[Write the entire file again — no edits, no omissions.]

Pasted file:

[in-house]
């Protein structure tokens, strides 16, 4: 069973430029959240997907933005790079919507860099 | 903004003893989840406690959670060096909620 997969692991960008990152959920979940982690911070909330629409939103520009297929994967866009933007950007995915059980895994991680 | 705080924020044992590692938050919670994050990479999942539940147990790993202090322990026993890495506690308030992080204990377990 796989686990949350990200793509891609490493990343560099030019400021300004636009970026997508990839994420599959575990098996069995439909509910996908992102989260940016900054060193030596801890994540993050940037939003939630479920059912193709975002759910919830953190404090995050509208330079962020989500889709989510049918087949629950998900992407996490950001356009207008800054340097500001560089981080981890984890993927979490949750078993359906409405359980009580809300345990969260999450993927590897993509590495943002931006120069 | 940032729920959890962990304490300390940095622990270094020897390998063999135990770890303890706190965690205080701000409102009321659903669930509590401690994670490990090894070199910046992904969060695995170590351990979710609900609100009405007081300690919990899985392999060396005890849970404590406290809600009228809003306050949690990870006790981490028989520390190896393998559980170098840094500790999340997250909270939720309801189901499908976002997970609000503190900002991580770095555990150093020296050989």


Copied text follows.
[in-house]
């Protein structure tokens, strides 16, 4: 069973430029959240997907933005790079919507860099 | 903004003893989840406690959670060096909620 997969692991960008990152959920979940982690911070909330629409939103520009297929994967866009933007950007995915059980895994991680 | 705080924020044992590692938050919670994050990479999942539940147990790993202090322990026993890495506690308030992080204990377990 796989686990949350990200793509891609490493990343560099030019400021300004636009970026997508990839994420599959575990098996069995439909509910996908992102989260940016900054060193030596801890994540993050940037939003939630479920059912193709975002759910919830953190404090995050509208330079962020989500889709989510049918087949629950998900992407996490950001356009207008800054340097500001560089981080981890984890993927979490949750078993359906409405359980009580809300345990969260999450993927590897993509590495943002931006120069 | 940032729920959890962990304490300390940095622990270094020897390998063999135990770890303890706190965690205080701000409102009321659903669930509590401690994670490990090894070199910046992904969060695995170590351990979710609900609100009405007081300690919990899985392999060396005890849970404590406290809600009228809003306050949690990870006790981490028989520390190896393998559980170098840094500790999340997250909270939720309801189901499908976002997970609000503190900002991580770095555990150093020296050989």